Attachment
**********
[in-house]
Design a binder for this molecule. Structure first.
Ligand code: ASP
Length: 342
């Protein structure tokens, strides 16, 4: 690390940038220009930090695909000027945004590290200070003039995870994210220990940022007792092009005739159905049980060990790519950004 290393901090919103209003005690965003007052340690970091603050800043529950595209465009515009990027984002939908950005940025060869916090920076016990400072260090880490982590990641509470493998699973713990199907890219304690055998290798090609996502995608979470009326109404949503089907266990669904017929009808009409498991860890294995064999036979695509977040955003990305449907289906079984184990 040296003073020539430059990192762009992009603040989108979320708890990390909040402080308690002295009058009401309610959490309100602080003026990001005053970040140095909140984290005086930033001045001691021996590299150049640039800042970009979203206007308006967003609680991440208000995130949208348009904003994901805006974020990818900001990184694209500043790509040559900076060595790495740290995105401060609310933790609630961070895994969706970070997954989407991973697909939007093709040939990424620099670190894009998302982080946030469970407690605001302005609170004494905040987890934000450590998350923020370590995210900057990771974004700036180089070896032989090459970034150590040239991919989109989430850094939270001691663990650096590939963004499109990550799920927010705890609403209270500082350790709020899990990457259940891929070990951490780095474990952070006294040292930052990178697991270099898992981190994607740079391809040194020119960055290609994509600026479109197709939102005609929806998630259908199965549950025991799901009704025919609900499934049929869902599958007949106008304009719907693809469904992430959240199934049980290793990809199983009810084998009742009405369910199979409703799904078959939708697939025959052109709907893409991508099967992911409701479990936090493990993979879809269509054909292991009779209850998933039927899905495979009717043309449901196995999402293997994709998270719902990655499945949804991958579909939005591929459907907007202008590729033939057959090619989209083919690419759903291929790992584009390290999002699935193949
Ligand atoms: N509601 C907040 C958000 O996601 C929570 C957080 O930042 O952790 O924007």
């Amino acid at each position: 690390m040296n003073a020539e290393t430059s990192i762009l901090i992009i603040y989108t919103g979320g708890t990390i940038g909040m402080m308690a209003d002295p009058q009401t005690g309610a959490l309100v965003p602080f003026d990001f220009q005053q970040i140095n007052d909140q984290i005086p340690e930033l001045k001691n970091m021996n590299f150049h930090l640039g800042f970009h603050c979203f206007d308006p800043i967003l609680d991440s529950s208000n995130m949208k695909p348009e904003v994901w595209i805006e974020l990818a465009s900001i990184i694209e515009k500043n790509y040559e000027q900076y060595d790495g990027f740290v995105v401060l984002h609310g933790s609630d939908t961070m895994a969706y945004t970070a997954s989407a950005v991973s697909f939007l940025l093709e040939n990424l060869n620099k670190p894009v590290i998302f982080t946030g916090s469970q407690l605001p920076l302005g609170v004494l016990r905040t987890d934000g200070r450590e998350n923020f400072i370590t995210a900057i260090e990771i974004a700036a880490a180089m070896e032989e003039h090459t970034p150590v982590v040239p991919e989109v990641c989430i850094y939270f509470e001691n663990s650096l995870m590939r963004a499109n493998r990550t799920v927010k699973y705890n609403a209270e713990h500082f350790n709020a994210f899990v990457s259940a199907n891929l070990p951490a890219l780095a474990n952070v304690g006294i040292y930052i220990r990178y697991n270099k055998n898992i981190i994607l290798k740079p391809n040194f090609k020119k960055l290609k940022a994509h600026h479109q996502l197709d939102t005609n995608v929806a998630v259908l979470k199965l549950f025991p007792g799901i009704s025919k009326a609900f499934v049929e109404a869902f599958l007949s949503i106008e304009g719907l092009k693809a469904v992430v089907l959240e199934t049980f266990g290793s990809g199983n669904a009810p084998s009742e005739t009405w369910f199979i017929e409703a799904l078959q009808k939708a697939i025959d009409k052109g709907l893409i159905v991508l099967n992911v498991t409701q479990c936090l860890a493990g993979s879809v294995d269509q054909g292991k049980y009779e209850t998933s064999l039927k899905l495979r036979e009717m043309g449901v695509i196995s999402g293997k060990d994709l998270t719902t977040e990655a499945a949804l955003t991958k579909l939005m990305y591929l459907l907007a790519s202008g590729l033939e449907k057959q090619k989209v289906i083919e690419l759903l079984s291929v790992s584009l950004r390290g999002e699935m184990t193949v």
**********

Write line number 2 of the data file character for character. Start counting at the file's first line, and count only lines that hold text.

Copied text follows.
Design a binder for this molecule. Structure first.